What is the Fiscal Cliff?
Definition of a Fiscal Cliff
"Fiscal Cliff": You heard "Fiscal Cliff" during the last presidential
election, you hear "Fiscal Cliff" on the news every day, you hear "Fiscal Cliff" from
politicians in Washington, but do you really know what the "Fiscal Cliff" is?
The Fiscal Cliff is referring to all the increases that are coming to the US
Tax Law system on January 1, 2013 and how it will negatively affect the economy.
Many believe that all of these increases to the Tax Law will substantially
slow down economic growth in this country. The United States is in desperate need for
economic growth, but with the new tax laws, the United States is setting itself up to
hop off the Fiscal Cliff. Many think we may head into the worst economic time in
generations if all of these tax increases take effect.
The Fiscal Cliff thinking is that there will be a lot less money available
for spending and investing in the economy because of increased taxes that reduce
what consumers and corporations can spend. Less spending means less growth,
fewer jobs, worse economy and so on. Tax law changes include:
2-percentage point payroll tax. This is the temporary Social Security Tax
decrease that will go back to the normal pre-decrease percent of 6.2.
Individual Income Tax rates will go up across the board. The 10 percent tax
bracket will go up to 15 percent. The 25 percent tax bracket will go up to 28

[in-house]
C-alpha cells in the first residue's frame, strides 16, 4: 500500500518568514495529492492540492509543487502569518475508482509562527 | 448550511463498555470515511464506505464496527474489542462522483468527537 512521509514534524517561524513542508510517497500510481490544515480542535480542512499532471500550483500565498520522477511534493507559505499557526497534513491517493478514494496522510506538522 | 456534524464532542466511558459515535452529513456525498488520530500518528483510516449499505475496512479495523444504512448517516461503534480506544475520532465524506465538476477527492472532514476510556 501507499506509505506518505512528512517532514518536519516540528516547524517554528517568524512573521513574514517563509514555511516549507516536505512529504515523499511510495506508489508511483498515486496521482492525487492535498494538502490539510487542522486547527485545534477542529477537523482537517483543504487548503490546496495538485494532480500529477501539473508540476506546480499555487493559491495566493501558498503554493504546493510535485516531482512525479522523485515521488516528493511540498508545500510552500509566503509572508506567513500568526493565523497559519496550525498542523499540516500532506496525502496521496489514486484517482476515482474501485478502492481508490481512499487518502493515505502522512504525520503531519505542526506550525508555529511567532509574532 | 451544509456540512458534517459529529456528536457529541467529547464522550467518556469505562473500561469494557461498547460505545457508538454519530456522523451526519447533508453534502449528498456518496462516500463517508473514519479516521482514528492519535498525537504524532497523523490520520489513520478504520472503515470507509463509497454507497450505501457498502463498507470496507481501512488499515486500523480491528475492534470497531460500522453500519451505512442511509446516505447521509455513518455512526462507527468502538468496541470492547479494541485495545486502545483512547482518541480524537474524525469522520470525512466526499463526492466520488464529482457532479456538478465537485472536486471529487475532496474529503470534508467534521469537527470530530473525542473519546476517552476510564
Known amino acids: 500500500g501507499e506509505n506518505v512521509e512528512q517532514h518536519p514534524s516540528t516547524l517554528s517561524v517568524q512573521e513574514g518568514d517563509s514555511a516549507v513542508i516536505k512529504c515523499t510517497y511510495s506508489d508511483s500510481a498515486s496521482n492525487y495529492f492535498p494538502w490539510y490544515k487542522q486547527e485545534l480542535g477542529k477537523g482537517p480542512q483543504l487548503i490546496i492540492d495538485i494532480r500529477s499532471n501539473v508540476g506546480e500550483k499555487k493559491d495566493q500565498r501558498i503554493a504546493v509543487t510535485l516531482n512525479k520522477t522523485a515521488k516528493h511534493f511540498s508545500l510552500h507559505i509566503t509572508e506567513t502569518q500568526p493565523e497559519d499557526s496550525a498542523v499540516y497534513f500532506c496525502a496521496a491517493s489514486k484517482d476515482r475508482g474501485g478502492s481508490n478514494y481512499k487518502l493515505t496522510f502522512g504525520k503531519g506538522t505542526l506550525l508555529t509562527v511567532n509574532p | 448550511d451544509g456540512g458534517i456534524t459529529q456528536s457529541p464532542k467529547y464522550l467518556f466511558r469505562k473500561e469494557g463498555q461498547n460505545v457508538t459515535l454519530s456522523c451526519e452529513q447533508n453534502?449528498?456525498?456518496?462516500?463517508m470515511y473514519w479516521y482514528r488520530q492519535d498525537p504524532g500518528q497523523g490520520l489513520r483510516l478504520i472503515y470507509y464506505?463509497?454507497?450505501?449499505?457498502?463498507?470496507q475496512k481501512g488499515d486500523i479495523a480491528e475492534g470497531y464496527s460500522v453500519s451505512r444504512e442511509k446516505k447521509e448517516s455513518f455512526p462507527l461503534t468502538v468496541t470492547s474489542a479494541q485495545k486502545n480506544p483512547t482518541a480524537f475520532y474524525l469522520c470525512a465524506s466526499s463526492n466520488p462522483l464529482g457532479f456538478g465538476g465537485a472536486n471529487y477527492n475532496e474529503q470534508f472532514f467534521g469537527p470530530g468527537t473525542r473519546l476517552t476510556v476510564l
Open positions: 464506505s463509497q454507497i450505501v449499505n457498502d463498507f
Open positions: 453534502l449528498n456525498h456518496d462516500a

percent. The 28 percent will go up to 31 percent. The 33 percent tax bracket will go
up to 36 percent. And the 35 percent tax bracket will go up to a whopping 39.6
End to Alternative Minimum Tax (AMT) adjustment every year, which means that
more tax payers will be paying Alternative Minimum Tax, and people who
already pay AMT will pay even more AMT.
Most Capital Gains Taxes will increase from 15 percent to at least 20
percent. Qualified Dividend income will increase from 15 percent to more than 40 percent.
In addition, there will be a new 3.8 percent Medicare tax on trusts and estates.
An end to numerous corporate tax breaks that may prevent corporations from
investing and a proposed small business tax increase. In addition, the
maximum expense deduction on assets for small business will go from $139,000
to only $25,000.
Many of the above taxes are simply increasing because the lawmakers are
letting all the tax breaks expire that were created under the Bush
administration. Many have argued that simply extending these tax breaks into
the future would keep the United States from hopping off the Fiscal Cliff.
To further assure that the US will see the bottom of the cliff, there are
also laws that will take effect to reduce the deficit by reducing spending.
In conclusion, consumers will have less money to spend, corporations will
have less money to invest, and the government will reduce its consumption.
All this will slow down the economy to a point where it may go over the